Kapaeeng Foundation, a member of the National Engagement Strategy (NES) Bangladesh, has urged the Bangladeshi Government to do an inclusive relief distribution in order to support thousands of low-income indigenous families affected by the COVID-19 pandemic.
More than four million indigenous people of Chittagong Hill Tracts and plain lands in Bangladesh are mostly poor and suffering from severe food crisis because of the countrywide shutdown since 25 March due to the outbreak of Covid-19 pandemic. In Bangladesh, the coronavirus detected case was first officially declared on 8th March 2020.
In the Chittagong Hill Tracts (CHT), April-June is the lean period for the IPs who are dependent on shifting cultivation and agriculture. The people of the village made a living by selling agricultural products in the local village market. These villagers have fallen in trouble in selling agricultural goods due to the closure of the market following the corona pandemic. They are forced to spend lazy days at home. Due to the country-wide lockdown, the situation is getting worse, and a limited number of local transports like boats are able to carry staple food packages to remote areas of the CHT.
Being the remote areas, IPs are largely remained out of the coverage of relief and other humanitarian help provided by the government organizations and the NGOs. Their vulnerability is getting worse when thousands of indigenous garments workers have lost their jobs and returned home crossing hundreds of kilometres on foot. This has not only impacted locals’ daily lives but also increased the possibility of getting infected from coronavirus.
To address the emergency situation, the Prime Minister has announced a stimulus package of Tk. 5 billion for farmers to boost agricultural production in the backdrop of Covid-19. The Prime Minister said, “Small and medium-scale farmers in rural areas producing grains, fruits, flowers, fisheries, poultry farms, dairy farms will be eligible for loans from the fund, at a four per cent interest.” However, questions remain on the transparent and accountable distribution of announced stimulation packages to the landless and small-scale farmers who are really involved in producing agricultural products as mentioned.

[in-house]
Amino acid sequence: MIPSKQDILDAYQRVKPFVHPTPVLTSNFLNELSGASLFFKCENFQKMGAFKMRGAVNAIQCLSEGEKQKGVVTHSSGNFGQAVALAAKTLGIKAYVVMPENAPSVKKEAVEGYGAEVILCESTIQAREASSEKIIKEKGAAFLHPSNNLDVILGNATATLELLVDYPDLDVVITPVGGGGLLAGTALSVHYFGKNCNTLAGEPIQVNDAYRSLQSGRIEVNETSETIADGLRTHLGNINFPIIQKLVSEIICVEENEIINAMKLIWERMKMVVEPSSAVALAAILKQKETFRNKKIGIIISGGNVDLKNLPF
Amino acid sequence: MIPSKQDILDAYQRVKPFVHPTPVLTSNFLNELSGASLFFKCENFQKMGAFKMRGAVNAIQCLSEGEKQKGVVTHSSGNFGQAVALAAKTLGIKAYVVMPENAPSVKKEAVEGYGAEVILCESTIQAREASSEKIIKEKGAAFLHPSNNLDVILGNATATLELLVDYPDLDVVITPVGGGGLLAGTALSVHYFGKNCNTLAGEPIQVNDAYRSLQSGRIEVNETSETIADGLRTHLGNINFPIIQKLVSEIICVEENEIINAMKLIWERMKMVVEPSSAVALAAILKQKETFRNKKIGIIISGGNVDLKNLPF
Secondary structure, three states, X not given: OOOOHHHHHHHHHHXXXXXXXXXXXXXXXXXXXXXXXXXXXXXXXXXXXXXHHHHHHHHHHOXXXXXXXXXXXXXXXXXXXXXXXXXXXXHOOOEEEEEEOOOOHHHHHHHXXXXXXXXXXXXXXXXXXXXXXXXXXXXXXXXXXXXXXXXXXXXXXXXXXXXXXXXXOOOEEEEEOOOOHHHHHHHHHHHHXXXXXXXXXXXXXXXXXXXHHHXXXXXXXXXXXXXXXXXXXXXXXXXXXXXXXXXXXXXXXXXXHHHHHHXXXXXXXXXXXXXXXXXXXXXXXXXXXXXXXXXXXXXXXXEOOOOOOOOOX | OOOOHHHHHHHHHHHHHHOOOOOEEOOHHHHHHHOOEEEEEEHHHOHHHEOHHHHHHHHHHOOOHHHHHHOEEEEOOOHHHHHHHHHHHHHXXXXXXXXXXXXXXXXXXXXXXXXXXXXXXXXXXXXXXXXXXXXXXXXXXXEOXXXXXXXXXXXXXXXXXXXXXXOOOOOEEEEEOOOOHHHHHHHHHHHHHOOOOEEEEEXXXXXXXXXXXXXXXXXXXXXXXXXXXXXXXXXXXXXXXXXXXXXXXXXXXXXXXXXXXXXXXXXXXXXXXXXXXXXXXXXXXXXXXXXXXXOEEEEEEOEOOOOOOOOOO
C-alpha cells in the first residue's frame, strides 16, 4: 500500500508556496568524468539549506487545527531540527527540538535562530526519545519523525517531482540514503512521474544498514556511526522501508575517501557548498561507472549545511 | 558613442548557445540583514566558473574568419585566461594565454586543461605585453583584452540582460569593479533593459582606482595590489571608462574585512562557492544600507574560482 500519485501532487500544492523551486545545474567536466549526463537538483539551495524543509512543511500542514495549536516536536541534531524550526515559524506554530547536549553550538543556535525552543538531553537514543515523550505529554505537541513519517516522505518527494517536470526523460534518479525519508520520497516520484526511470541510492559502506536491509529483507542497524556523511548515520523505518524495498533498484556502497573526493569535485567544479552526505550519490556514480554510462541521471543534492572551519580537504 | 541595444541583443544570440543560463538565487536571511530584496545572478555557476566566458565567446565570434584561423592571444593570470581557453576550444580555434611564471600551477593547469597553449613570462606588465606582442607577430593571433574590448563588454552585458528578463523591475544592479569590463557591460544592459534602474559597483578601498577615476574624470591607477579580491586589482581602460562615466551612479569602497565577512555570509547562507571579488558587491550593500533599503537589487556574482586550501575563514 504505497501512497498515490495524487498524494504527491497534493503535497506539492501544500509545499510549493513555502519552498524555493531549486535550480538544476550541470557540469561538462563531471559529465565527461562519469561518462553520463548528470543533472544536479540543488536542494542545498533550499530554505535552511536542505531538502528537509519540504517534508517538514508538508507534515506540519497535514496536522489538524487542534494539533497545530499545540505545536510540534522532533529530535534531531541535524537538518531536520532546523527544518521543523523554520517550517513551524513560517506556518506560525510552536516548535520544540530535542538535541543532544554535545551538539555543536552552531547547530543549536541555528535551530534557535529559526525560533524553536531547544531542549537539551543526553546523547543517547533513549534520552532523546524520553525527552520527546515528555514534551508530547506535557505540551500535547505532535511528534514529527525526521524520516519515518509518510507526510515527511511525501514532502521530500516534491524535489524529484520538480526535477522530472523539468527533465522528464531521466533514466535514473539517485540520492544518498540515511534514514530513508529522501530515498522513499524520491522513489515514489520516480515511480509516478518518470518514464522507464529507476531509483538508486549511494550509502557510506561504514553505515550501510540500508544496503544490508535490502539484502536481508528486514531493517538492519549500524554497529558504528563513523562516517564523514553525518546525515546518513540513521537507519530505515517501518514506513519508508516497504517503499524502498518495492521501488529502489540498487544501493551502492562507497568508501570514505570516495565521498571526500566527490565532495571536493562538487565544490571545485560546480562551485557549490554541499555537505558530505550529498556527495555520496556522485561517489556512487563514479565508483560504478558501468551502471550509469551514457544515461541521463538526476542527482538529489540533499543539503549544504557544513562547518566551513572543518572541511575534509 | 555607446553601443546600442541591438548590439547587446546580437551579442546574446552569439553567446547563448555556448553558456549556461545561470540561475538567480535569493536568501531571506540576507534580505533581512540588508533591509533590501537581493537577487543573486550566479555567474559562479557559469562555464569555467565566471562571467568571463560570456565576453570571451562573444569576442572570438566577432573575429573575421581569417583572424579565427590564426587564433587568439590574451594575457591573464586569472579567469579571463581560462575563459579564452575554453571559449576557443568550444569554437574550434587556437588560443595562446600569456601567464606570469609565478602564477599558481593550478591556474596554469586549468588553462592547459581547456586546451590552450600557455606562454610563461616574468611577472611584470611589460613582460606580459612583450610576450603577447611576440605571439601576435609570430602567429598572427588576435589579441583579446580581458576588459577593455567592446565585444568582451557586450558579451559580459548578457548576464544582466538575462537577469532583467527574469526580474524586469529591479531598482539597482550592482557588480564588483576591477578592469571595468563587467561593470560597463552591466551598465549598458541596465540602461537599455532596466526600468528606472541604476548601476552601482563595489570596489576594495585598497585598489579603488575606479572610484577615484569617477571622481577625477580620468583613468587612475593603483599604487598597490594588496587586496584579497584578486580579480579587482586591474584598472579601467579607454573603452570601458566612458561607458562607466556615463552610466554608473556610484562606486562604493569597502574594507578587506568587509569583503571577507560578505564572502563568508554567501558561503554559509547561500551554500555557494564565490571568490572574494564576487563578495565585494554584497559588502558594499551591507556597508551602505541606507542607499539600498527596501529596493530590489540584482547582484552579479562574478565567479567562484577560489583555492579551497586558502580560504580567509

Amid shutdown, when the country is struggling with Covid-19 pandemic, the cases of human rights violations are on the increase. Violence against women, minorities and indigenous people are in increasing trend reported by the media during the period of countrywide ongoing lockdown. In a bid to grab indigenous peoples’ land, a group of people affiliated with the influential have burnt the locals’ rubber garden in Bandarban reported in the national dailies.
Kapaeeng Foundation, member of NES Bangladesh in association with its partners Bangladesh Indigenous Peoples Forum and Jatiya Adivasi Parishad made a press statement on 12 April 2020, called to extend public and private humanitarian assistance for the marginalized indigenous peoples during the ongoing lockdown in Corona.
The statement further said that at least in 13 districts of Rajshahi and Rangpur divisions, more than 36 small ethnic communities likewise Santals, Urao, Munda, Mahato (Bedia / Kurmi), Malo, Mahale, Mushar, Kara, Koda, Kol, Vil, Bhuimali, Bagdi, Turi, Ganju, Gorait, Teli, Koch, Kanda, Rajoar, Lohar, Shabor, Ho living in this geographic locations. Most of them are landless and agricultural labourers. They buy daily rice, pulses, oil and salt with their daily wage money, but nowadays, they have become unemployed in the lock-down situation in the country.
Pallab Chakma, Executive Director of Kapaeeng Foundation, said that they had taken a humanitarian aid initiative through a Facebook page to collect fund for the measles affected IPs amidst the current COVID-19 outbreak living in remote Sajek area in CHT.
"With your help, we have already successfully distributed the humanitarian gifts to Sajek peoples. Our deepest gratitude and love to all those who have come forward to help us," said Pallab.